• The Transition Zone: Casual to Competitive Play

    Welcome to the world of Dice Masters, and all of the fun this game brings. I find myself writing about it not because I searched out an opportunity to do so, but because I really love this game and want others to play and enjoy it the way I have. Many of you may be fairly new to the game, and wondering how do I go from being a "kitchen table" player to a competitive player? Is there a way to transition from casual play to playing at organized events with people who aren't my friends or kids and eventually move into the competitive world?

    Today I wanted to start a series of articles to help you learn some of the ins and outs of the competitive and organized play scene outside of just deck-building and how you can transition yourself from the casual to the competitive: welcome to The Transition Zone.

    I find myself in a place that sits right between casual play and competitive when it comes to Dice Masters. I love playing the game, and learned primarily through playing with my son at home. We were and are still literal kitchen table players. We grew our group with other friends and played mostly when we got together. There has been lots of discussion over what dictates a game of Dice Masters to be casual vs competitive or if there is even a reason to draw a line. I have seen it from both ends of the spectrum, having played numerous games with friends, online, organized play (OP) events and the qualifiers at Worlds. They have all provided me different experiences, but some things remained the same. When it comes to competitive vs casual, you need to keep these points in mind when determining how your game will proceed.

    1. Know how your opponent wants to play

    When I sit down to play my son at home, I know how our games are going to go. We are going to have a good time playing different characters or combos, many of them not the most dynamic or powerful but they are cards and characters we want to play. He loves Limited Wish and Phoenix Force, so that hits the table a lot. I enjoy trying to play odd teams against him to see what will or won't work. My son wants to play for fun, and wants to enjoy the game at home, and so we play that way. Now fast forward to the most recent OP event we had written up here. If you read that report, you will know that he won and gave me one heck of a game. Then and there, he wanted to play more competitive and we did. The environment and event led to that type of play. So know before you even start what type of game your opponent is expecting. It's like the old saying goes, don't bring a Gobby to a Unicorn fight.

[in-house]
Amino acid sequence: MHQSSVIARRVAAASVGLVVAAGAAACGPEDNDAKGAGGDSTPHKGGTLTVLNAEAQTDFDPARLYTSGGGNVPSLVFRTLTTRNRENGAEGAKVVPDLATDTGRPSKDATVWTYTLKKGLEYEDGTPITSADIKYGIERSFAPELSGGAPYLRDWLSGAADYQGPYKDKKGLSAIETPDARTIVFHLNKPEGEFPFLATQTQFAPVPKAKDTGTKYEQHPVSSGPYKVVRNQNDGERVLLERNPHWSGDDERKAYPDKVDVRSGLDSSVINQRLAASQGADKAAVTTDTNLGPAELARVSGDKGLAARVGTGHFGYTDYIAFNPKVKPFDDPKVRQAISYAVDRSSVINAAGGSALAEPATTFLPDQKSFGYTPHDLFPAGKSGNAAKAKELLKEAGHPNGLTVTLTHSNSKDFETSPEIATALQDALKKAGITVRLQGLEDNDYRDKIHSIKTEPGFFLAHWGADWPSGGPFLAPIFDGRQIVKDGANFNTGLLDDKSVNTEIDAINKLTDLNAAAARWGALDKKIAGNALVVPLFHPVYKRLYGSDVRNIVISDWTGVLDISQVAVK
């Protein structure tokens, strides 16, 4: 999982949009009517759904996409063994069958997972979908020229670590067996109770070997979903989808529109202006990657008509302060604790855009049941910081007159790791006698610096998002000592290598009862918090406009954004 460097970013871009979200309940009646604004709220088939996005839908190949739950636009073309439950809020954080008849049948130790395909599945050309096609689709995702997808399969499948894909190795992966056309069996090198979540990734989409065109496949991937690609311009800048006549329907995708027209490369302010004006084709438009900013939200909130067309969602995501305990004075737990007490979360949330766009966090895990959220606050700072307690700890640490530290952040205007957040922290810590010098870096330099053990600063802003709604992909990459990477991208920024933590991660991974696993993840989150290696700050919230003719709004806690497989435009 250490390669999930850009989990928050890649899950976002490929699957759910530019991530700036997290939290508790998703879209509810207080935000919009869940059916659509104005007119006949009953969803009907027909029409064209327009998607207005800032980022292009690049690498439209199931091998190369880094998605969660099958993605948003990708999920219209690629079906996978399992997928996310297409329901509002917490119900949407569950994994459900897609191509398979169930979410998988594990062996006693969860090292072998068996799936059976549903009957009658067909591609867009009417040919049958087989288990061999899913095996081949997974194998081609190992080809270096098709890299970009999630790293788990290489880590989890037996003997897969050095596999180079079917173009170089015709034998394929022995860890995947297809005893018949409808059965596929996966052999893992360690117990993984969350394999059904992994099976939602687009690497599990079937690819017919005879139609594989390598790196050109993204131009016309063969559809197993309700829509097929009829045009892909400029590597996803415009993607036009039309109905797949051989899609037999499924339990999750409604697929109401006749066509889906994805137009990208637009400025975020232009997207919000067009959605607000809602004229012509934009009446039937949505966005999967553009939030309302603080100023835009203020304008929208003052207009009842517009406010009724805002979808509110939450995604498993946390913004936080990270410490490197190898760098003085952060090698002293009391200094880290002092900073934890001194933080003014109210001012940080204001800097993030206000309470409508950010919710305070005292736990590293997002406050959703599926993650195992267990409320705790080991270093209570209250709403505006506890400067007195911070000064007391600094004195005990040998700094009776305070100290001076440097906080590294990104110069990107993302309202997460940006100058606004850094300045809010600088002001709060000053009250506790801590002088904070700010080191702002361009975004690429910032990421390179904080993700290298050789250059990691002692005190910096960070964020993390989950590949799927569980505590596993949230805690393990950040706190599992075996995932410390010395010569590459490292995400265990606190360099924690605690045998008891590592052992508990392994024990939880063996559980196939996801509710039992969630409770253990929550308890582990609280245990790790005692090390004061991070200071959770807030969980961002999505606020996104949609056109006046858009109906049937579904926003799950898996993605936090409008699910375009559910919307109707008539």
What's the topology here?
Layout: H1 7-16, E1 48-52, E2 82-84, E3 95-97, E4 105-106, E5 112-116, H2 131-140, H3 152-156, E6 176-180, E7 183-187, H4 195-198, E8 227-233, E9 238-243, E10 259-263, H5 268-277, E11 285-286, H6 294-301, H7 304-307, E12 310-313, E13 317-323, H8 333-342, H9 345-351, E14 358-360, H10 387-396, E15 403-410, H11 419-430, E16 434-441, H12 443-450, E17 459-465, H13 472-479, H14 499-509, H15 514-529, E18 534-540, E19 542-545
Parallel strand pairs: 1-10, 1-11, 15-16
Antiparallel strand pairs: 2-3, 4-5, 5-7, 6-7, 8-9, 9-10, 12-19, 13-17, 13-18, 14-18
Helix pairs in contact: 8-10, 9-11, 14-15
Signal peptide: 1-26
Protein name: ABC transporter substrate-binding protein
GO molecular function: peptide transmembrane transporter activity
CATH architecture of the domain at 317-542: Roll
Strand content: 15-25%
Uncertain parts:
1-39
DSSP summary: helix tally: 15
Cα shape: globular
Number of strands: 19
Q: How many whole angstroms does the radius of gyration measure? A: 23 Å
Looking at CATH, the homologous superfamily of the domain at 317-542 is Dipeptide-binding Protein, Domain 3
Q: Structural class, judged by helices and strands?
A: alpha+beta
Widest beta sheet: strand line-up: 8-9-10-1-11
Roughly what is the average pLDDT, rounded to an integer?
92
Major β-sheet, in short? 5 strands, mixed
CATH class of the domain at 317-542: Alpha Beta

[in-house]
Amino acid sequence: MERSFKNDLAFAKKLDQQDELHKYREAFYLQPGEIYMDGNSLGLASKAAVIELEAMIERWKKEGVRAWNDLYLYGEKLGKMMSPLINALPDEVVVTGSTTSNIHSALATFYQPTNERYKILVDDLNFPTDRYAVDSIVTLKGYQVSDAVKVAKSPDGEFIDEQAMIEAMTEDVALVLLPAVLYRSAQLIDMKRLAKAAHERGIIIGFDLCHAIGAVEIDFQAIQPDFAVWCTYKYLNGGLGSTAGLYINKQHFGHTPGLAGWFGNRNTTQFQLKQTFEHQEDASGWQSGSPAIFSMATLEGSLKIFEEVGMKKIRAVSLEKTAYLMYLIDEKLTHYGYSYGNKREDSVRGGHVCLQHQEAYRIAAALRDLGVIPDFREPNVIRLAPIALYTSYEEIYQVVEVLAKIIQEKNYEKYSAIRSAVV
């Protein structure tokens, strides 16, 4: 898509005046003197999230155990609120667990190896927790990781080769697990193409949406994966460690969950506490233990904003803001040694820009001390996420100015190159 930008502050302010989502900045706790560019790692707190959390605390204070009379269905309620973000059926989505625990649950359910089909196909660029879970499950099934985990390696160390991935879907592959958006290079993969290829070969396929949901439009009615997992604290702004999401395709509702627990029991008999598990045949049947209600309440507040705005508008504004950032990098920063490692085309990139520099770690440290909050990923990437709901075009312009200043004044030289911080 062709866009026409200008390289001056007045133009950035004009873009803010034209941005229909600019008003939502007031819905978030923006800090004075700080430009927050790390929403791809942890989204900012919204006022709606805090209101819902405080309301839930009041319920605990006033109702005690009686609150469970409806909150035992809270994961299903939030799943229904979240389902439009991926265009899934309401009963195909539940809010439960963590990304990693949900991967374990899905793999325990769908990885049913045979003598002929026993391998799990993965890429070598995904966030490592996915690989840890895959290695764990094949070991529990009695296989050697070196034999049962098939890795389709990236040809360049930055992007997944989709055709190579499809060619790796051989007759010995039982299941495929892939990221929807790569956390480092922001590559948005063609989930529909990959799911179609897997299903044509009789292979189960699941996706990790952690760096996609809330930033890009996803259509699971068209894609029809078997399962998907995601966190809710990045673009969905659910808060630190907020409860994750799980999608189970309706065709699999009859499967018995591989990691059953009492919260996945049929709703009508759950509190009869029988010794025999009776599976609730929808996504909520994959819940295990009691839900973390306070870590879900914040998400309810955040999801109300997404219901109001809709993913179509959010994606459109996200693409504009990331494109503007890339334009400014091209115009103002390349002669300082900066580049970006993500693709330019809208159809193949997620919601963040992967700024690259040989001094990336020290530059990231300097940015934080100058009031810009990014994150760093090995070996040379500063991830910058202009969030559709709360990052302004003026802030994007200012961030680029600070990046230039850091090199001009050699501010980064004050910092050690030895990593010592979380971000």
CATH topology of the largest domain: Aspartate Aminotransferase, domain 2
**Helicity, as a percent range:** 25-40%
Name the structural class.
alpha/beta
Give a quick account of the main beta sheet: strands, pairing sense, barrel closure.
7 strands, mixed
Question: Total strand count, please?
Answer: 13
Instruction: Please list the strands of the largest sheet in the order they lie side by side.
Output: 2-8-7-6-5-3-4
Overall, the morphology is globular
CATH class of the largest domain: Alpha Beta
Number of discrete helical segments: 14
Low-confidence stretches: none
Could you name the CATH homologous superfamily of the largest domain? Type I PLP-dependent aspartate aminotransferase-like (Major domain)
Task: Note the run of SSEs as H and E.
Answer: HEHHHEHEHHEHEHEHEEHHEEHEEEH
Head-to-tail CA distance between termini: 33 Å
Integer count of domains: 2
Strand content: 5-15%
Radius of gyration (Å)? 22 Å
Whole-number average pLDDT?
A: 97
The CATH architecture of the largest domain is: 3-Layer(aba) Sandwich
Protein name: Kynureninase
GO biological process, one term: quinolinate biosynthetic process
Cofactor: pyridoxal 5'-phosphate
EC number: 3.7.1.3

2. Know your opponent's experience level

    If you are going to line up against someone who wants to play this game, make sure you know how much they have played and what may be new to them. Maybe Johnny Swarm and High Hopes are terms and teams they have never seen and so you need to be prepared to explain what you are doing and how it works. Thinking of flexing out a Lord of D ring combo? Maybe Mystic Box transferring or AiA? Be ready to explain what it does and why they can't do so many things if it is new to your opponent.

    Their experience as an overall gamer is important also. I expect to have a much different game against someone who regularly plays Magic the Gathering and someone who regularly plays Monopoly if it is both their first time playing the game. Some terms and definition of styles may not be something they are used to hearing so be patient and be helpful.

    Conversely, if I know that you play this game a lot and are lining up with some heavy hitters and/or constructed teams that give the impression that this is not new to you-I expect we are going to have a good time playing at a different level.

    3. Know what sets your opponent has access to

    When I started playing online, the opponents that brought Yu-Gi-Oh to the table had a distinct advantage over me. I had little experience in the set and frankly I skipped it when it first came out because of the IP. I was all over the superheroes and the idea of Yu-Gi-Oh did not appeal to me in the least bit. But guess what happens when you don't collect a set? You cannot be competitive in this game as a whole. Don't line up to play a casual game with someone who just loves superheroes by bringing your swarming D&D team and telling them they just need to buy "x" to win next time. Use what they have if that is all they want to play. At least you still got play, right?

    4. Be flexible

    I enjoy this game, regardless if I am playing at a World's event or playing with my son. I take no less interest or enjoyment in this game based on my partner. If someone wants to play a game with only Certain characters, or random cards thrown together or they want to pick two off the wall teams for you to go head-to-head with, let them. Because in those cases you are probably playing friends or family, it is probably not a tournament or OP event, and guess what-you still get to play Dice Masters! I am just happy to play, and willing to teach someone else with a lineup or set that may not ultimately interest me, but in the end will still mean I got to play.

    5. Help bring others to the level of interest you have